Chris Uggen's Blog: age-by-passenger interactions in driver death rates

Friday, May 30, 2008

age-by-passenger interactions in driver death rates

wcco tv offered a terribly sad story on a young woman who died in a two-car collision yesterday. the piece followed-up with a brief discussion of graduated licensing, which places restrictions on the youngest and least experienced drivers.

one such restriction is the number of passengers that new drivers can transport. the wcco report showed a striking figure, similar to the department of transportation graphic shown below. for 16 and 17 year old drivers, death rates increase dramatically with the number of passengers in the car. for those aged 30 to 59, however, the number of passengers is unrelated to death rates.


distractibility is the hypothesized mechanism linking passengers to death rates for young drivers. i'd throw substance use into the mix as well, since the number of passengers is likely associated with alcohol and other substance use. in addition, i'd bet that peer passengers have a different effect than parent or sibling passengers -- disaggregating by type of passenger might shed further light on the mechanism. as a 30-to-59 year old, my passengers today are often my kids. i still drive more recklessly with my buddies than i do with my kids, but i now spend much less time driving around with my buddies (what buddies?) than i did at age 16 or 17. if i'm correct, passenger type might be just as important as passenger numbers.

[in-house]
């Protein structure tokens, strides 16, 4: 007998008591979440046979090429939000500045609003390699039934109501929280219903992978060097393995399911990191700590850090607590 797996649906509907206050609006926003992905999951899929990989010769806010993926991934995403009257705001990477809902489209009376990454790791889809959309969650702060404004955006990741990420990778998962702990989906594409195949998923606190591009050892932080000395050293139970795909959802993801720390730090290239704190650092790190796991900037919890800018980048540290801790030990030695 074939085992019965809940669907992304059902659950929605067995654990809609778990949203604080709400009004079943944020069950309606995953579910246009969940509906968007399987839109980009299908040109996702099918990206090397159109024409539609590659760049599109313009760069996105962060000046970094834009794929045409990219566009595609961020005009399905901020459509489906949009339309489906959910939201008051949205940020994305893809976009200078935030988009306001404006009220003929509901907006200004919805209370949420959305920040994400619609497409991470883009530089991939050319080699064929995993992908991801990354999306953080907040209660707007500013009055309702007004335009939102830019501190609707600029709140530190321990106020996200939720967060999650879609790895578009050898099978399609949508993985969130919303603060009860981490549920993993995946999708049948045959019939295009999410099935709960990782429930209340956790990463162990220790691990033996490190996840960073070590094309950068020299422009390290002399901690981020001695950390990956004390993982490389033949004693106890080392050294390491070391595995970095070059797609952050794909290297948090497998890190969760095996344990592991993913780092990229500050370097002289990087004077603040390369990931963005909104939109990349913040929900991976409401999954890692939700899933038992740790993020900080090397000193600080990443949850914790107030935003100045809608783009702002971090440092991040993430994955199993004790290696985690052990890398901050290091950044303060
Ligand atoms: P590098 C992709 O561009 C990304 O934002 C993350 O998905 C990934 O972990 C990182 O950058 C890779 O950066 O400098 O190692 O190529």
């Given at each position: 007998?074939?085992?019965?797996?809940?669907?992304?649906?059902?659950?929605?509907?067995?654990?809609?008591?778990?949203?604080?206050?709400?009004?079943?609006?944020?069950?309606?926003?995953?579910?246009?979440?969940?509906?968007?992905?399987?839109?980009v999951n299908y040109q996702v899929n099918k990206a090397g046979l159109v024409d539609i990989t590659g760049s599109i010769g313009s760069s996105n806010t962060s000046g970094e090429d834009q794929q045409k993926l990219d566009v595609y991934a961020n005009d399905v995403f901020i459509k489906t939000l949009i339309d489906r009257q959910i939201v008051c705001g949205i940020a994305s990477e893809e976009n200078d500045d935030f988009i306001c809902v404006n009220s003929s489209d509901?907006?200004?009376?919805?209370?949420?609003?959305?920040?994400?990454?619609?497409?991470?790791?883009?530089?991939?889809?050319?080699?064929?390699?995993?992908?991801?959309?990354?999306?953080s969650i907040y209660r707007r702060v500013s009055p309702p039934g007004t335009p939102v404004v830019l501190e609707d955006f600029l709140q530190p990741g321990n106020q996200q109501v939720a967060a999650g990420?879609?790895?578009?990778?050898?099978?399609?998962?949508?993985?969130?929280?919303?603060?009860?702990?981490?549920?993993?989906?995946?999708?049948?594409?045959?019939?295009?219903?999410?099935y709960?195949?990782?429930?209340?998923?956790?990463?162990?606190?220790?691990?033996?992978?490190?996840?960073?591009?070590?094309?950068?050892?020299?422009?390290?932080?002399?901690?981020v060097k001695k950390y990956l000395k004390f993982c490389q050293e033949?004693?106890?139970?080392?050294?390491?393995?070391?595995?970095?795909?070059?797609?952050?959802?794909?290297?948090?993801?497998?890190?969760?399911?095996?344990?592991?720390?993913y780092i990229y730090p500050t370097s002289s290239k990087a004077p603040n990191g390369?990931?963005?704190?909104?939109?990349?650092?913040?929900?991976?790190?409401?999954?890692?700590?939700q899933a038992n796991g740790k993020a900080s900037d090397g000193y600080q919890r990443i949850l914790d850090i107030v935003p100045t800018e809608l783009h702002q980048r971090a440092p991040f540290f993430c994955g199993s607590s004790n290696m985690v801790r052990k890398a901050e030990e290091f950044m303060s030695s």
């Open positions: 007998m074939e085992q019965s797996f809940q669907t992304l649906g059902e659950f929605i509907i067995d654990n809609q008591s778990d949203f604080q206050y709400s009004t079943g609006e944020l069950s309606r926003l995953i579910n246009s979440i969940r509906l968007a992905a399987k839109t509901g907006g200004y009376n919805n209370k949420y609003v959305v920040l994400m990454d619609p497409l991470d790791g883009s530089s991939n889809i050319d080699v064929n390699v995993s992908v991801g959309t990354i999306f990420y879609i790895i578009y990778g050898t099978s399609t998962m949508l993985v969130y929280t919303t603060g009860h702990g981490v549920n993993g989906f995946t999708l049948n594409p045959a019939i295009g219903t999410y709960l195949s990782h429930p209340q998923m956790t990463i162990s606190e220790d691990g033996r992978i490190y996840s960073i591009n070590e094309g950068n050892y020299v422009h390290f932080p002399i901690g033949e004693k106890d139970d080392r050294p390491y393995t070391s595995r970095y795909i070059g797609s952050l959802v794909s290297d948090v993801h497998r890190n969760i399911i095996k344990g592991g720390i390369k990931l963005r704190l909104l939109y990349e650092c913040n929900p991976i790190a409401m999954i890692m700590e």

while i'm not sure whether a legal limitation on the number of passengers will reduce teen driving fatalities, the bivariate association is clear. when the figure flashed on the screen at my house, i couldn't help overhearing the lad's phone conversation. he was arranging to pick up a buddy or two before school. drive safe and keep the music down, dudes.

1 Comments:

At 4:24 PM, Blogger Trina said...

Actually, Nebraska enacted graduate licenses already. I'm not sure the stats, but I find it surprising that NE enacted laws before MN. It might be hard for teens to accept, but looking back at myself as a teenage driver, I can recognize the issues (and that was before cell phones were popular!)

 

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